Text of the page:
MADISON, Wis. (AP) — Democratic lawmakers and others who are calling on Gov. Scott Walker and Republicans who control the Legislature to expand Medicaid coverage in Wisconsin pointed to a new analysis Tuesday that said the state could save $65 million by accepting the federal money.
The savings would come by replacing state money to cover childless adults with money from the federal government made available under President Barack Obama's health care overhaul law. The analysis was done by the nonpartisan Legislative Fiscal Bureau at the request of Democrats.
Walker has not said if he will take advantage of the voluntary expansion, which the U.S. Supreme Court allowed last year in its ruling upholding the constitutionality of the health care law. Walker has already rejected setting up a state-run health insurance exchange, deferring to the federal government.
Walker wasn't expected to announce his decision on Medicaid until he releases his budget on Feb. 20. His spokesman issued a statement expressing caution.
"There is a possibility that the federal government will not fund the spending in this bill, which would ultimately result in state taxpayers picking up the additional cost," Walker spokesman Cullen Werwie said.
But Medicaid is an entitlement program and the money for the expansion will automatically flow to the states unless Congress and the president change the underlying law. That's highly unlikely with Obama in the White House and a U.S. Senate controlled by Democrats.
The comment from Walker's spokesman doesn't make sense, said Democratic Rep. Jon Richards, a leading advocate for accepting the Medicaid expansion in Wisconsin and a member of the Legislature's budget committee.
"I'm not quite sure what he's talking about," Richards said. "The facts don't add up with what he's saying."
An estimated 175,000 childless adults in Wisconsin are expected to qualify for Medicaid starting in 2014 under the expansion. To qualify, the household income must be below 138 percent of the federal poverty level, which is $15,414 for an individual this year and $20,628 for a couple.
The federal government pays for all of the expansion for three years, or $1.4 billion in Wisconsin, according to the Fiscal Bureau. After that, the federal reimbursement gradually declines to 90 percent. Through 2020, Wisconsin would receive nearly $4.4 billion in federal money, the Fiscal Bureau said.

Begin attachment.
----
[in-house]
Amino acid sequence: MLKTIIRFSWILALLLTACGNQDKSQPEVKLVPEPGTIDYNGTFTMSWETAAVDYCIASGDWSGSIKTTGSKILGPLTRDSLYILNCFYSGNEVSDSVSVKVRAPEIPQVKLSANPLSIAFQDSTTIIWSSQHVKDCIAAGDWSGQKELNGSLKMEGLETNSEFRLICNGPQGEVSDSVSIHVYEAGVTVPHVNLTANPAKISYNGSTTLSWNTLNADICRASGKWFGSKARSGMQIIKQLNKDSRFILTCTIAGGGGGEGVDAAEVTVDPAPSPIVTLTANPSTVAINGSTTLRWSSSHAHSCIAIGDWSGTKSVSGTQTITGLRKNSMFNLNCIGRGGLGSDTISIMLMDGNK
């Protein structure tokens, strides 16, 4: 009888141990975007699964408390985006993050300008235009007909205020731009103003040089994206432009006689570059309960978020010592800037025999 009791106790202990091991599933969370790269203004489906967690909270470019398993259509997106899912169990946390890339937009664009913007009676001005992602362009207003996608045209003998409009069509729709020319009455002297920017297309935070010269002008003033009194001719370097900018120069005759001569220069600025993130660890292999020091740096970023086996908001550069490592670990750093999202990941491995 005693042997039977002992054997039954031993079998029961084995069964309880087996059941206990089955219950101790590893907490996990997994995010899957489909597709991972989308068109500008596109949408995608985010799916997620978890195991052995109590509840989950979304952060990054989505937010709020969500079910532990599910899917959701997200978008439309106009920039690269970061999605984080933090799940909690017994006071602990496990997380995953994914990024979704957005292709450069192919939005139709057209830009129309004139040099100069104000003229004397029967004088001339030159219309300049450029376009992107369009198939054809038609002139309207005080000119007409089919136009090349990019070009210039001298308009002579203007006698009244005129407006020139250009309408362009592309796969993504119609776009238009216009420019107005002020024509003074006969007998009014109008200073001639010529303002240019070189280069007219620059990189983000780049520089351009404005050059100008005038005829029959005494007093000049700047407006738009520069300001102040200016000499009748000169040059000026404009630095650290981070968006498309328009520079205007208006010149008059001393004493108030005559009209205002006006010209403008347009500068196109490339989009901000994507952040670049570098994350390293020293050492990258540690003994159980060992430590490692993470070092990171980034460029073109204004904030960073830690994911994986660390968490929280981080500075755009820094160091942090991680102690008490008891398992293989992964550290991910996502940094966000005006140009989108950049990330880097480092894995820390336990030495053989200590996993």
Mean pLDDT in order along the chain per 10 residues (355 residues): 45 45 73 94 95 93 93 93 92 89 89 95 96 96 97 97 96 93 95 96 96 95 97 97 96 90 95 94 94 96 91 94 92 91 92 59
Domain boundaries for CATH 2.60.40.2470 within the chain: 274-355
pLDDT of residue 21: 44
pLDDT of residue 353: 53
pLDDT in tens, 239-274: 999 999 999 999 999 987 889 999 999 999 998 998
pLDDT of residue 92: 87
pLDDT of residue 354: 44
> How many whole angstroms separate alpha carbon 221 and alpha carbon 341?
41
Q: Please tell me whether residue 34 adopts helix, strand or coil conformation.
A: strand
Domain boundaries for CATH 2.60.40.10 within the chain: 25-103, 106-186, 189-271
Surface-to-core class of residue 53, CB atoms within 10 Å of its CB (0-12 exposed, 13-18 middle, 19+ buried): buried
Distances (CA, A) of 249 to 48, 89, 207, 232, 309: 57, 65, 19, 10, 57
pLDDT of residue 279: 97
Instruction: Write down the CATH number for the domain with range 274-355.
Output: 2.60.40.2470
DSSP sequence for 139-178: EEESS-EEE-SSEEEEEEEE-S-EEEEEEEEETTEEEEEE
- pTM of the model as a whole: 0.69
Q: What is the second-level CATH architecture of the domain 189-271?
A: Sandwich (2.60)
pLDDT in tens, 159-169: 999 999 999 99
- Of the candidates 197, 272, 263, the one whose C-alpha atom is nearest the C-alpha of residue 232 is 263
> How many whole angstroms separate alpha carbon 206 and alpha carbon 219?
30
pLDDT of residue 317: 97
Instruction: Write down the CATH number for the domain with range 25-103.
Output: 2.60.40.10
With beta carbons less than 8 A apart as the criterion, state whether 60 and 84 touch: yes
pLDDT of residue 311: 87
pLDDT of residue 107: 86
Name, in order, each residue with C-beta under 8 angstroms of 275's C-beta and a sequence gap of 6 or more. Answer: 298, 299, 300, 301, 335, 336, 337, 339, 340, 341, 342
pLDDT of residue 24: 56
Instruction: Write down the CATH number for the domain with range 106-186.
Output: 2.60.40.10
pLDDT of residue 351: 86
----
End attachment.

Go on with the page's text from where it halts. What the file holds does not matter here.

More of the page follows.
"It's about knowing a good deal when you see one and this is a good deal," said state Rep. Jon Richards, D-Milwaukee, at a Capitol news conference attended by other Democratic lawmakers, advocates for health insurance expansion and others.
Walker has cited concerns about how much it would cost Wisconsin in the long run to pay for the Medicaid expansion. While the federal government would pick up the tab for three years, costs to the state would gradually increase and eventually be 10 percent. Over four years, starting in 2016, new costs to the state would total about $133 million, the Fiscal Bureau said.
Democrats are hoping Walker will follow the lead of other conservative governors, including John Kasich in Ohio and Jan Brewer in Arizona, who have decided to move ahead with the expansion. Several other GOP governors have said they will not go forward, including Rick Perry in Texas, Bobby Jindal in Louisiana and Nikki Haley in South Carolina.
A broad coalition of labor groups, doctors, hospitals, health providers and advocates for the poor back the expansion in Wisconsin. Supporters include the AFL-CIO, the Wisconsin Hospital Association, the Wisconsin Academy of Family Physicians, the Wisconsin Primary Care Association and the Wisconsin chapter of the American College of Physicians.
Even if Walker were to accept the expansion, he could run into trouble among Republicans who control the Legislature and have been outspoken against Obama's health care overhaul. A spokesman for Republican Senate Majority Leader Scott Fitzgerald declined to comment Tuesday, saying they were waiting to see what Walker proposes in his budget in two weeks.
Republican Assembly Speaker Robin Vos echoed Walker's statement by expressing concern about the costs.
"It's easy for the Democrats to say let's expand the program because it'll save money in the short-term," Vos said in a statement. "We need to consider what's best for Wisconsin not just for the next three years but for the next 30 years."
The Democratic Richards said he spoke with Walker last week about the issue and has had conversations with his staff members for months about it. Richards said he didn't know which way Walker was leaning.
"We're trying to read the tea leaves like everybody else," he said.
Copyright 2014 Associated Press. All rights reserved. This material may not be published, broadcast, rewritten or redistributed.
Did you like this article? Vote it up or down! And don't forget to add your comments below!